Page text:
• increased regional and inter-regional co-ordination of measures to implement port state measures;
  • the effective use of communication technologies, databases, networks and global records that support port state measures; and
  • financial, technological and other support for developing and island states.
The Treaty places significant emphasis on issues relating to transparency and information sharing amongst port states. A number of articles focus on these elements, including -
  • Article 3 – Application: Sub-article 2 requires that the treaty be applied in a fair, transparent and non-discriminatory manner and consistent with international law.
  • Article 5 – Integration and co-ordination at national level: Article 5 requires parties “to the greatest extent possible” to integrate, share and co-ordinate information to ensure the effective implementation of port state measures.
  • Article 6 – Cooperation and exchange of information: Article 6 obligates parties to cooperate and exchange information – with due regard to confidentiality requirements – with relevant states, FAO, other international and regional organizations.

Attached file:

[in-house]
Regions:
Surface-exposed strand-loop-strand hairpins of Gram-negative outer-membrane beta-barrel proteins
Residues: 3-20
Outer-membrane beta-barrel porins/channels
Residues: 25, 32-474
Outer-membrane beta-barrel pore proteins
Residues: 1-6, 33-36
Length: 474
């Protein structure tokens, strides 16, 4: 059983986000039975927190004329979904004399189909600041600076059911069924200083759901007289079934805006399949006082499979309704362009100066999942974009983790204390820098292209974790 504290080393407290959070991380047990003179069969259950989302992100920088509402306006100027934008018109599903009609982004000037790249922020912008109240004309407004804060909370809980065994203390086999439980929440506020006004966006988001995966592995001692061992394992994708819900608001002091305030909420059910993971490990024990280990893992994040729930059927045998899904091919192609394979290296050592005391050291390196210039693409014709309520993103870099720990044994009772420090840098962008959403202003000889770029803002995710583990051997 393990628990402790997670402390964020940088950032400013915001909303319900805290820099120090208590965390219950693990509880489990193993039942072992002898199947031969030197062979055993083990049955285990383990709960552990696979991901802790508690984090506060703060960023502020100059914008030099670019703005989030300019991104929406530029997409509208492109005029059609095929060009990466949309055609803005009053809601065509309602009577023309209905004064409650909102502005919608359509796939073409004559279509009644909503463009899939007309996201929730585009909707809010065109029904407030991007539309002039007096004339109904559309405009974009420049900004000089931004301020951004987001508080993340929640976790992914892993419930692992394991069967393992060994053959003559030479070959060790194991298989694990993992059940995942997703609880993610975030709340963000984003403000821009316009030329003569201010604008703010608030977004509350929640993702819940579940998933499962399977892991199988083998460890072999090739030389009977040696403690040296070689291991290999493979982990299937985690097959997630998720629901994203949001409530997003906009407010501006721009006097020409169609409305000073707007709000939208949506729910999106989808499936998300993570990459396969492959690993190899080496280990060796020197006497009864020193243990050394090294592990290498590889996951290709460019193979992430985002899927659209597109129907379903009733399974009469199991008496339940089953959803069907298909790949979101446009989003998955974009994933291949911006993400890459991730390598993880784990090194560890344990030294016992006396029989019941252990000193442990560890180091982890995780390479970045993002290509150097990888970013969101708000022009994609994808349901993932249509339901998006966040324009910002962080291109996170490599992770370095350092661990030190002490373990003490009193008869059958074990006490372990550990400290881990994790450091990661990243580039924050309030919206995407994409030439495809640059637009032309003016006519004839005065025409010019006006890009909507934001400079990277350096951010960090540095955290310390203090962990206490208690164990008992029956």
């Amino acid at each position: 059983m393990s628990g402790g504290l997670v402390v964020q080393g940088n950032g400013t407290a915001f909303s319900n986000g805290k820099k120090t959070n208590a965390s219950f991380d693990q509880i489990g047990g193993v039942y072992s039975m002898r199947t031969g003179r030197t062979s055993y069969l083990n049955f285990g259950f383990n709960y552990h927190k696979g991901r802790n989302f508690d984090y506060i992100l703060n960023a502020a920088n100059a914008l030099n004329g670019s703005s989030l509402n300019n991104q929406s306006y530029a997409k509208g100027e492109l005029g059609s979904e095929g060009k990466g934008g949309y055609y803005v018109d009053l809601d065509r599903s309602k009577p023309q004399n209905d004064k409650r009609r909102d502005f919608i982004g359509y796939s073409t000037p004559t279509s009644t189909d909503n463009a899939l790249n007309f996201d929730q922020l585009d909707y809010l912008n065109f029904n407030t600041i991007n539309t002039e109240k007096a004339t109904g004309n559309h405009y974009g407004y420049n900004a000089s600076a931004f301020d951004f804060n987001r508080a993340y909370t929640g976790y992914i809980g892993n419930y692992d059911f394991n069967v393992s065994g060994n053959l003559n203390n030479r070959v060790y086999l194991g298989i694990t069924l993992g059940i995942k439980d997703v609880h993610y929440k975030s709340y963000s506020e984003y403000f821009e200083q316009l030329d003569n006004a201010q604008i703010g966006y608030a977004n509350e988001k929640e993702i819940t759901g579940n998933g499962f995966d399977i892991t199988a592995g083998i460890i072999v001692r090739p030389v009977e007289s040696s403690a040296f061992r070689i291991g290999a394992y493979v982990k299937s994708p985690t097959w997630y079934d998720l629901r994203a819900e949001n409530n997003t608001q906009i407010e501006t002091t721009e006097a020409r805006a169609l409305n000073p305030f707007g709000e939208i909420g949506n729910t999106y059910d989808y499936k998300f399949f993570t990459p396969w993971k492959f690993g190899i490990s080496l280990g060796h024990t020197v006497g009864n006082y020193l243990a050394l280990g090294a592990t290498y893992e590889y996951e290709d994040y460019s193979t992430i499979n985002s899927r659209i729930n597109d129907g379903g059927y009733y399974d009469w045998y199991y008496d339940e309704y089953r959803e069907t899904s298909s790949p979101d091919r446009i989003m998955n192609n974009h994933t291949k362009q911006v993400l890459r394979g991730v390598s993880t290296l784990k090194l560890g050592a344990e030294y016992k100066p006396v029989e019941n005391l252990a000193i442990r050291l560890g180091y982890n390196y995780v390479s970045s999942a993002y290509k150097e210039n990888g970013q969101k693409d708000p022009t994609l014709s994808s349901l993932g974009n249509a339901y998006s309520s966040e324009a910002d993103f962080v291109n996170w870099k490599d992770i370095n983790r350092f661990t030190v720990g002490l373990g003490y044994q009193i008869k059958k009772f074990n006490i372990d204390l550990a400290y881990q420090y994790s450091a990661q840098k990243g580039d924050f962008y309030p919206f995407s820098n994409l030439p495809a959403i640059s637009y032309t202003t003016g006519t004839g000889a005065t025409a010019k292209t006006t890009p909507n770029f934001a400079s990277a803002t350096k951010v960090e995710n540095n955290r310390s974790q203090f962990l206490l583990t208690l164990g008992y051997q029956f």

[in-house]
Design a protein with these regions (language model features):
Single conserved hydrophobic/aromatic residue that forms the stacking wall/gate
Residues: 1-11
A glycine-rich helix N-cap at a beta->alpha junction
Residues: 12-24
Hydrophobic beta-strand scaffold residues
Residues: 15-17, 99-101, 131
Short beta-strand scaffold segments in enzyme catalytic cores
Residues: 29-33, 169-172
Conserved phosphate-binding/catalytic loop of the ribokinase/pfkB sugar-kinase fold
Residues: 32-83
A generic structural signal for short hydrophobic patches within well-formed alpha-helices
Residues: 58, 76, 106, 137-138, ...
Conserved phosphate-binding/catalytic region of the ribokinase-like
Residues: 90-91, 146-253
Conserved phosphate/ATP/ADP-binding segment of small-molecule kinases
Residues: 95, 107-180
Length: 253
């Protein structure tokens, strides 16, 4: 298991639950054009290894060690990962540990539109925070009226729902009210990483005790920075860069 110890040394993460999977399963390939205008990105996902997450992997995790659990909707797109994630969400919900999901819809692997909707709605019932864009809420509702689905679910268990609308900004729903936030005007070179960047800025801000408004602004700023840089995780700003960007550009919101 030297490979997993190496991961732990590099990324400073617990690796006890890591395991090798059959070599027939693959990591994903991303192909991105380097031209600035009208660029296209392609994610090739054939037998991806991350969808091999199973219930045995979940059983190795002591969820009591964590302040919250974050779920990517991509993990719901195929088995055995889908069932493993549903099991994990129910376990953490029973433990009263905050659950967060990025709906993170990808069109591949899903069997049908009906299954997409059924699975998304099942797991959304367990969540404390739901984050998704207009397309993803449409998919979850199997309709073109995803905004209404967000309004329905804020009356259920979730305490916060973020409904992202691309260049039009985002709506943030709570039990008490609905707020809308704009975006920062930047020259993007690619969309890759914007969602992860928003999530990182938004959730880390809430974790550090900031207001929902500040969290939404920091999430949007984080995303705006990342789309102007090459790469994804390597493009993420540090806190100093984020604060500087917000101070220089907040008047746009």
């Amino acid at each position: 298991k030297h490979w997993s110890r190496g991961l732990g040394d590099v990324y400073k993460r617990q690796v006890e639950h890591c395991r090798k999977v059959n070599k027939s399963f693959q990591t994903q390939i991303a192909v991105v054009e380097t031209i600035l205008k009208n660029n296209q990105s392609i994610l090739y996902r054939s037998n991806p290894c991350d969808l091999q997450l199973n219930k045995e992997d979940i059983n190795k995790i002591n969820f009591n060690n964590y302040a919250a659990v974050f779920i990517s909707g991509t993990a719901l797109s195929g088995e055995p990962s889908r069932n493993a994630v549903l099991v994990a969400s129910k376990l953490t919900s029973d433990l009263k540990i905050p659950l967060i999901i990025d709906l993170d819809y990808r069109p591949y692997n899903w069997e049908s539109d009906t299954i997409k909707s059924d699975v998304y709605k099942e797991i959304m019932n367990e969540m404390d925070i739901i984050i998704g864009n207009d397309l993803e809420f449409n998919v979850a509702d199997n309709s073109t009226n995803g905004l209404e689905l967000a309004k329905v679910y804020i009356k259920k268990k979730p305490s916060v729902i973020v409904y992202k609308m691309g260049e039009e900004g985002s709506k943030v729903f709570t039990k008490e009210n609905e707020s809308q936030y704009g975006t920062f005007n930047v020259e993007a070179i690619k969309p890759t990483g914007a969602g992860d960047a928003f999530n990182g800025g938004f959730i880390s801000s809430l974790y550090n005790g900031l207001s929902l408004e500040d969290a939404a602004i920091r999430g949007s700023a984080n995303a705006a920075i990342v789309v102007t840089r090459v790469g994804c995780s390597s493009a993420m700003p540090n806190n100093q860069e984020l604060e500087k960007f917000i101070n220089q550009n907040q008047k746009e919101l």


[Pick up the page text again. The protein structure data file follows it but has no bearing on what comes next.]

• Article 7 – Designation of Ports: Article 7 requires parties to designate and publicize the ports to which foreign flagged vessels may request entry.
  • Article 8bis – Port Entry: Sub-articles 2 and 3 require that where a vessel has been denied entry or where there is sufficient proof that the vessel has committed an act of IUU fishing, then the decision to refuse the vessel entry must be communicated to specified entities and the vessel should be listed on a public IUU listing in accordance with national, regional or international law.
  • Article 9 – Use of Ports: Should the port state party concerned decide to withdraw or change its decision regarding port entry, this decision too must be communicated to each of the organizations initially advised of its decision under article 8.
  • Articles 12, 13 & 14 – Inspections: The treaty puts in place a set of minimum inspection standards (Annexures B, C and E). Annexure C stipulates the format for an inspection report which must be completed by an inspector of the port state. Furthermore, the inspection must be transparent. Inspection results must as a minimum be transmitted to other relevant State Parties, RFMO’s, FAO and other relevant international organizations.